We took a family trip the last week in July to the Jersey shore. We were meeting up with our west coast side of the family for a beach vacation. My husband and I realized we hadn’t had a real vacation since our honeymoon! How pathetic right?!

It was strange not only to be on vacation, but to be away from our schedule and routine for Henry.  We are lucky that Henry not only works well with a routine, including a sleep schedule, but he thrives on it. Sometimes this is hard for others to understand and I often hear how I should be more flexible, let things go etc. If there is any time to be flexible it’s during vacation and when you are away from home. Otherwise, it’s usually not worth it when Henry loses sleep or gets really out of whack. These are things sometimes only a mother notices, but Henry is truly a happy easy going boy and I attribute a lot of that to his ability to get good sleep when following his routine.

Anyhow, I tried to plan ahead to make this change and transition as easy as possible for Henry. I brought his familiar toys and allergy friendly foods and I hoped to work on his speech “homework” during downtime or in the car.  Needless to say this trip left us so off track it even took me a week to recover! For Henry, I could see how not only a new place to sleep and different nap times and bed times could throw him off, but also all the new things to take in. He was so excited to hang out with his cousins, play with their toys and go to the beach. But this all reminded me how easily he can be overloaded, from a sensory perspective and otherwise. We were also dealing with intense heat and no air conditioning so he was sleep deprived from all of the tossing and turning at night. Add to all of this a weeklong bout of diarrhea!

I noticed on the trip he was less verbal than usual, and his fall back sound of “eh” came back in full force. When things got very active in the house or when he was asked to repeat sounds or words during playtime or chatting, he would withdraw and repeatedly throw himself onto the floor or run himself into the couch smashing onto his belly. It looked very much like stimming, but thinking about what I learned from our occupational therapist I realized he was seeking sensory input to reorganize himself.  I think this helped head off total meltdowns, but I’m not entirely sure. It was interesting just to see how he was acting being out of his usual environment and routine. It had been a year since it had been disrupted for a week or more at a time.  It also had been eight months since he went a week without speech and occupational therapy. I certainly noticed the difference and hoped he would just rebound easily when we got home.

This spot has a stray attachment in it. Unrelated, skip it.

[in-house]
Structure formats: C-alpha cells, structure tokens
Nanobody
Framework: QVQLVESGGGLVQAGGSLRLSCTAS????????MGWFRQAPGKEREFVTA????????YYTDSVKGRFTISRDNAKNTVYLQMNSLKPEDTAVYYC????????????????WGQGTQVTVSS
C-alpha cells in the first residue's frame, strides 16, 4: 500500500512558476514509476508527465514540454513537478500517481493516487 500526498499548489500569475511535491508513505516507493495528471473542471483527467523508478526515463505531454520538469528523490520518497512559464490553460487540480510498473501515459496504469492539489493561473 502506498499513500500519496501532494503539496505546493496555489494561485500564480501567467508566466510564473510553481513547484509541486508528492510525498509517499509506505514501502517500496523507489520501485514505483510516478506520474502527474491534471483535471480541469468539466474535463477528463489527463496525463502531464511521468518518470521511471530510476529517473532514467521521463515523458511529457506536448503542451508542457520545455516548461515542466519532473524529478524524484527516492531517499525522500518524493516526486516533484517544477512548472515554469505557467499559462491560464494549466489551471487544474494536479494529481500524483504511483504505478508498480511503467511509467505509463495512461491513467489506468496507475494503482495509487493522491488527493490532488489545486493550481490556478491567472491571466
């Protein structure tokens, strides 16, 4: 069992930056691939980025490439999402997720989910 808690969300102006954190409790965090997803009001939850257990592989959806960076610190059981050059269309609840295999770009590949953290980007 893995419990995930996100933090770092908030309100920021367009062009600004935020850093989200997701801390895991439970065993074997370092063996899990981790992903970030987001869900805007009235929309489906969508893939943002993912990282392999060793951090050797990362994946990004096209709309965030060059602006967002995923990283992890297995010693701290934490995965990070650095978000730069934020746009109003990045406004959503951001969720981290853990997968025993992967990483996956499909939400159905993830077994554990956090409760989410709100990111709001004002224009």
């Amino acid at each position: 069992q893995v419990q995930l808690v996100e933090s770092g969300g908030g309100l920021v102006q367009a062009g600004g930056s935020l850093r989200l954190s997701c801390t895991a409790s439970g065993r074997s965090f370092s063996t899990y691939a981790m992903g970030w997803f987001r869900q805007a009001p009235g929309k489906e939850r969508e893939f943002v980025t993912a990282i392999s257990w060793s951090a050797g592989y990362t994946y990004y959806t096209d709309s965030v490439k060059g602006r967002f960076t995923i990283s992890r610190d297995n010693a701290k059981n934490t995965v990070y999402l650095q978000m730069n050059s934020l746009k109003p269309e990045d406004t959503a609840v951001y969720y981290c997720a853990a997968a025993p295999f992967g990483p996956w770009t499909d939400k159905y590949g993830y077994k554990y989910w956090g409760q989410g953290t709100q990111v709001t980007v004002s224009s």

On returning home we were all totally exhausted. Like I had said, it literally took us a week to feel somewhat rested again. Two weeks later Henry is finally back to his normal bedtime and nap time. Our SLP’s noticed his regression in speech right away. I have to say, it scared me. We were using his familiar sounds and words in our daily life while we were way, but it was apparent that the lack of therapy itself really impacted him. I’m sure it was a perfect storm of circumstances, but it really enforces my belief that frequent and consistent therapy is what Henry really needs to progress. I guess I need to prepare myself for these occasional setbacks. We are working twice as hard to catch up to where we were, but I know we will get there!


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